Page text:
Not too long ago, I got a letter in the mail from my 17-year-old self.
I wish I could tell you that my best friend has a time machine. Or maybe I just have special time-bending powers. But here’s the perfectly rational explanation: it was a letter that my high school teacher asked us to write, with the promise that she would mail it to us 10 years later. And although it hasn’t quite been 10 years, it was possibly the best thing I’ve ever found in my mail box.
The letter was sweet and full of hope, written in a time of such uncertainty. Where would I go to university? Who would I start dating? Where would I travel to?
Amidst all of the cliches and teenage angst, there was one line that resonated so wholly with me in my life right now:
“Remember everything you wanted to be, all the dreams you had, and make them come true.”
Maybe it’s dumb, but it was just the right thing to hear in the middle of an existential crisis.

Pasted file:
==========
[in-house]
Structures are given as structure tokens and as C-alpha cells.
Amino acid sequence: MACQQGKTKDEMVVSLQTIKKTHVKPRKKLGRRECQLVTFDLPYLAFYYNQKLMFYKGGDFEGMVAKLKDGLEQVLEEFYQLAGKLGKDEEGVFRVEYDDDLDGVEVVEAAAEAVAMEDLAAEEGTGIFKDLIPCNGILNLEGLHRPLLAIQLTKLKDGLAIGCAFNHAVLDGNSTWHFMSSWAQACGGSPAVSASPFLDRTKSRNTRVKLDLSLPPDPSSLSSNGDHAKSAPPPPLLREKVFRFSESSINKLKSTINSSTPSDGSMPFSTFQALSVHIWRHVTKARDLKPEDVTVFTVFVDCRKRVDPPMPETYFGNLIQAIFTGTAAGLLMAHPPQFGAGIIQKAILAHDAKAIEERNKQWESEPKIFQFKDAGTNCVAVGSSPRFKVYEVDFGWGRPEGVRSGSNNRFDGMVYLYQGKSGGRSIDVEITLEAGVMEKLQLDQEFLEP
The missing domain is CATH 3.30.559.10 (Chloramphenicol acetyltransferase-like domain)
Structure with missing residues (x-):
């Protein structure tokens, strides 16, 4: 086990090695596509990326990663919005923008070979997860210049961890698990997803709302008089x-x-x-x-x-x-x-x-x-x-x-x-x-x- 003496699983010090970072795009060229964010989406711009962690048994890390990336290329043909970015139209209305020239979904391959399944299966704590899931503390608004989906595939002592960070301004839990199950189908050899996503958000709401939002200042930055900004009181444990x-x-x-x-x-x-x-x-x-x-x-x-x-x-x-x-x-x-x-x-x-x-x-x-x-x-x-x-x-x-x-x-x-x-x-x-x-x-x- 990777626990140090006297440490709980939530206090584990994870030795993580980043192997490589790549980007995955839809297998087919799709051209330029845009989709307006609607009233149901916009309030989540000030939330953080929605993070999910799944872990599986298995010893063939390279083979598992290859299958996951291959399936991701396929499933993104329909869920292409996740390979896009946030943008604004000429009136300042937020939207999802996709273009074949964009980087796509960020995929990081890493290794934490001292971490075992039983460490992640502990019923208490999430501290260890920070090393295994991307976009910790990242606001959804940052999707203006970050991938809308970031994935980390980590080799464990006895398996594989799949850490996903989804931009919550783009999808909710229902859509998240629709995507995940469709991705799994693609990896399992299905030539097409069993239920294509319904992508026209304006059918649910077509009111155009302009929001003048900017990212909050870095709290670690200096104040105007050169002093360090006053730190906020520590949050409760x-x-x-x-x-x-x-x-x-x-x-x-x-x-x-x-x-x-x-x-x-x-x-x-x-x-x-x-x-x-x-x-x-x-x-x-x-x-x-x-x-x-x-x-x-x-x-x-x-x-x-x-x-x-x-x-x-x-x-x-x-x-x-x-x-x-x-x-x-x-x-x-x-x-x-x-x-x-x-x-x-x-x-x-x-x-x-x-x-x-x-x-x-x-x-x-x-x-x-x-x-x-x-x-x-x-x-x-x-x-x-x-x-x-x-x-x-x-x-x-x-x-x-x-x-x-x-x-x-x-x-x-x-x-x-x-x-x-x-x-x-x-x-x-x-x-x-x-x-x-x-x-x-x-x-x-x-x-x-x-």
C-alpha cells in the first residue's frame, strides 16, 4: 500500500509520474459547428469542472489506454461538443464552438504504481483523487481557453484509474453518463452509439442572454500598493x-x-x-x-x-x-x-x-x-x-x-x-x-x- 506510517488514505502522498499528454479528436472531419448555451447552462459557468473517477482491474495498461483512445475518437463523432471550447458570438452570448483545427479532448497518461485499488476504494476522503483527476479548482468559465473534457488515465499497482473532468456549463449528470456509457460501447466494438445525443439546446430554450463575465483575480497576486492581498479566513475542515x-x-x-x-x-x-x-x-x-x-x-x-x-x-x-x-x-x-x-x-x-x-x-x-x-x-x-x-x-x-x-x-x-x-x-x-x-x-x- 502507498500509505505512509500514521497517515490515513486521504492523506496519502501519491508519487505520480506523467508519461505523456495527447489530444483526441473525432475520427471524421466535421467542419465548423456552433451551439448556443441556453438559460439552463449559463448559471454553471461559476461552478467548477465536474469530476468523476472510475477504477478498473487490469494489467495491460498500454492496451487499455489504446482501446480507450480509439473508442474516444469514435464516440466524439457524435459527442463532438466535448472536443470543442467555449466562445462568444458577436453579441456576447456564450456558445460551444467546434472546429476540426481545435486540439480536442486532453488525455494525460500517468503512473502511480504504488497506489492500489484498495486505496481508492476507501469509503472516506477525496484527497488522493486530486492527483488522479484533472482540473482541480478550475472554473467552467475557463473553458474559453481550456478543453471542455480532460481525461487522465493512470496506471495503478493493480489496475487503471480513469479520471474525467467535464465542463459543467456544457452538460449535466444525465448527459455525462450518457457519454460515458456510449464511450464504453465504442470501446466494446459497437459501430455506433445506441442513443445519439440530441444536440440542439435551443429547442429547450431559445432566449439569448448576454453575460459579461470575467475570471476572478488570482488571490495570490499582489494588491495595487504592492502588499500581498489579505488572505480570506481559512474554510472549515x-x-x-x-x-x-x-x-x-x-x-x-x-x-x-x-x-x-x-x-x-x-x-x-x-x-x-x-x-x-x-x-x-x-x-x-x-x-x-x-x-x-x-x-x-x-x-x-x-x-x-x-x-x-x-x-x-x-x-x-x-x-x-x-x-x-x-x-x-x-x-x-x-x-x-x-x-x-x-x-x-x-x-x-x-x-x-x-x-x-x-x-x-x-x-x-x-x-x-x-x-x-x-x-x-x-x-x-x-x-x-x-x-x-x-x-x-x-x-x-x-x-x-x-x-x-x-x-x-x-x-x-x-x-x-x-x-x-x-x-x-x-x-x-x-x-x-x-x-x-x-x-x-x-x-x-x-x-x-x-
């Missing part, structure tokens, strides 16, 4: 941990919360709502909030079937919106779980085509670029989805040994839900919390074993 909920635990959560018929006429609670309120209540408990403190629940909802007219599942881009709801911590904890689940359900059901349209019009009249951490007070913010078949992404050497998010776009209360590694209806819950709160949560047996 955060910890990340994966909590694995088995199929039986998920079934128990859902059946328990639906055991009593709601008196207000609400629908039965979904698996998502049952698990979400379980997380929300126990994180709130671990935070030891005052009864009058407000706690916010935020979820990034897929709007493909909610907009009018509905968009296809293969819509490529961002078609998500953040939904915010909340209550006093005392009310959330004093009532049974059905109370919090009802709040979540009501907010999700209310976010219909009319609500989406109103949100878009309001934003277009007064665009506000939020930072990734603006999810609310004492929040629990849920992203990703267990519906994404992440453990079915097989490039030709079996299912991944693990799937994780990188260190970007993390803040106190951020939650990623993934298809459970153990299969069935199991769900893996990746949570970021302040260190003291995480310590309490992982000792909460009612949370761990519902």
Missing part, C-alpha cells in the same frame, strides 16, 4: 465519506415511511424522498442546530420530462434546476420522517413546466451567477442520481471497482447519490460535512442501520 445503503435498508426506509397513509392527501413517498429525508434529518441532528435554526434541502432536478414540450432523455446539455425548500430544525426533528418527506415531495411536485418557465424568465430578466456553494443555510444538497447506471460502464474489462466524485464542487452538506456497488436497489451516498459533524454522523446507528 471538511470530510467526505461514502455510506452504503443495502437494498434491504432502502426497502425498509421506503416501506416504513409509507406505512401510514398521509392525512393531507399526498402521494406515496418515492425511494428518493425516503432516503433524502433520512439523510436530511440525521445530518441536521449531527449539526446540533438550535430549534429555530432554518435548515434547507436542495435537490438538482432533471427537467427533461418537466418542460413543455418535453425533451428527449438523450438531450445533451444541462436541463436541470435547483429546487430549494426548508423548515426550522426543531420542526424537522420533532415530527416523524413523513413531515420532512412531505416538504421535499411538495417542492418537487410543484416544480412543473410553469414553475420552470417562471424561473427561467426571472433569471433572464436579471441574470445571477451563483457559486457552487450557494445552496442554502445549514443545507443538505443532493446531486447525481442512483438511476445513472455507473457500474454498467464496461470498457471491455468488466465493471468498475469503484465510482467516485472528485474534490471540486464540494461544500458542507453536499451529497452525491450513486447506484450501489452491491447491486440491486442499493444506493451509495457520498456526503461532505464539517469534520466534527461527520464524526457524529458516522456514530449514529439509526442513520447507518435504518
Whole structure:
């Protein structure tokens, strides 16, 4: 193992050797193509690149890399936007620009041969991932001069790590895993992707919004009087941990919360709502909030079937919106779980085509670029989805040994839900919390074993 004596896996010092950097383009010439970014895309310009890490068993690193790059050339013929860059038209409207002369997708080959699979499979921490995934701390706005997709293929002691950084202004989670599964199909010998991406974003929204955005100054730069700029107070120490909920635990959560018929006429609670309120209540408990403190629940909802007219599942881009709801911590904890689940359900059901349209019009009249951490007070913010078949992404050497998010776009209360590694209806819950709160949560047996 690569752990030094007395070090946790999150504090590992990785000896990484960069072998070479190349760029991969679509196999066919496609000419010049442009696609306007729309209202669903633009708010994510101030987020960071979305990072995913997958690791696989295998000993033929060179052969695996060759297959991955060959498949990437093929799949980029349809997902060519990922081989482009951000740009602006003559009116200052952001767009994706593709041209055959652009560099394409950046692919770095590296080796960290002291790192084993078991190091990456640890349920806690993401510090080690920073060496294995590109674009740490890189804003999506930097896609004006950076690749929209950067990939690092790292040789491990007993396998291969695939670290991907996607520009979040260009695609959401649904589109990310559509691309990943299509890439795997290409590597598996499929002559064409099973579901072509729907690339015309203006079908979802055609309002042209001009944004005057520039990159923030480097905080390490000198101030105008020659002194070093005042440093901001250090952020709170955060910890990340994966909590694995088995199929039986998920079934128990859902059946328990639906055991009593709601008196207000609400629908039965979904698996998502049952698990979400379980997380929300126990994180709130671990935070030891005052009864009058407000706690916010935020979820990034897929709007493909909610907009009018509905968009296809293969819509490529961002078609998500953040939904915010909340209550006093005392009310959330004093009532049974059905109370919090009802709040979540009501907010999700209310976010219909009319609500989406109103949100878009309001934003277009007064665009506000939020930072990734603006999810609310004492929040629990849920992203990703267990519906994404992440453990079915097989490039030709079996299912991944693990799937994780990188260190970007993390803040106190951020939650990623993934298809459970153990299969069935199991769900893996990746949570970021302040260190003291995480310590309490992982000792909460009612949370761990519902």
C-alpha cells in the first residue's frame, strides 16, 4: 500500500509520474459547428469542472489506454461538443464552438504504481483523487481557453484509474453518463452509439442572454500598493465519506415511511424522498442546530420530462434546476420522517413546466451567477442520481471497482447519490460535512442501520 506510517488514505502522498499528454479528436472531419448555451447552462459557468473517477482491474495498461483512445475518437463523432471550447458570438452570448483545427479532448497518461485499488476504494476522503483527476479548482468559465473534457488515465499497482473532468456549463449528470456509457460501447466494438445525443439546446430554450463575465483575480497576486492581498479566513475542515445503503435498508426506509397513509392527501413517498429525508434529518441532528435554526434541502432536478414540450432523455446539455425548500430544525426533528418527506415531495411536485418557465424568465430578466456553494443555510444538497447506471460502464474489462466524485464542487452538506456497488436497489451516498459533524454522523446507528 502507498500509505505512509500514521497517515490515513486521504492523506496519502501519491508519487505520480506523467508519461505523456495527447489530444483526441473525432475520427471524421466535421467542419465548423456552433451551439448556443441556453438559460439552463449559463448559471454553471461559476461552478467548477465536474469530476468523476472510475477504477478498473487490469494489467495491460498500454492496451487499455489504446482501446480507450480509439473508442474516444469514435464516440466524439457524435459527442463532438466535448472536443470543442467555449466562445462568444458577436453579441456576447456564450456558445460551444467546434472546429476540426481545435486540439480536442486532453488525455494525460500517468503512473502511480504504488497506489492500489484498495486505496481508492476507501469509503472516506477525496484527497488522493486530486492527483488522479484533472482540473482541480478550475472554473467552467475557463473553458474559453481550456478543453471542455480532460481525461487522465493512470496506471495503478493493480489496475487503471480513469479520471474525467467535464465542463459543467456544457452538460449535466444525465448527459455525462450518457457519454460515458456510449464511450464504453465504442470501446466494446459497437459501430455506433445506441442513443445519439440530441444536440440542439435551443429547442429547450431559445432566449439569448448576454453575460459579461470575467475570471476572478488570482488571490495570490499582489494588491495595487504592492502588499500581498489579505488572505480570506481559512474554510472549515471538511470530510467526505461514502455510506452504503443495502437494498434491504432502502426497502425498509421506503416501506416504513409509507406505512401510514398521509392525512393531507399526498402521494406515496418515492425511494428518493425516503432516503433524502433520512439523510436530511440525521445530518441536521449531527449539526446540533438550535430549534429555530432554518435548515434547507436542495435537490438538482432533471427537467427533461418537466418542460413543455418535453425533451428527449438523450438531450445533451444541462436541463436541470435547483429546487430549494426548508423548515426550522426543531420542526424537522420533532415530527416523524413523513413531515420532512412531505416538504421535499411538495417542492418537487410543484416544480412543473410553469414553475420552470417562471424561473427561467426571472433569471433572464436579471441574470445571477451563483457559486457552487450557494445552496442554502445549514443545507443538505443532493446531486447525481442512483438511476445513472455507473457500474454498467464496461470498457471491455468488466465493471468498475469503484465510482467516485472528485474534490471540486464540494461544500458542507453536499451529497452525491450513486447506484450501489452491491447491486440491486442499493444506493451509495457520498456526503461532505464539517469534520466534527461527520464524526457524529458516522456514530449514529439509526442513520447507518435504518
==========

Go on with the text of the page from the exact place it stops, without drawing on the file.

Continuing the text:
The last time I published something here, I was broken, weighed down by such a deep sadness I couldn’t shake off. I thought there was nothing left to break.
The struggle continued. I felt like my work and my identity were being tested. I felt the heat rush through my veins faster than adrenaline, anger like I haven’t felt in years.
But there was one last thing that needed to break. The weight that had been crushing me, holding everything back. It broke. And everything gushed through me like a strong current, brushing away all of the dirt and grime that was stuck to me, deep inside.
In my weakness, I remembered how to stand up. I ran. I raced. I found a little piece of myself I didn’t know I had.
And then I went home and helped my dad rip up the floors in my bedroom, lift furniture I didn’t think I had the strength to move, and began to see opportunity in places I never expected it to exist.
So maybe I will write more letters to my future self, as long as they keep showing up at just the right time.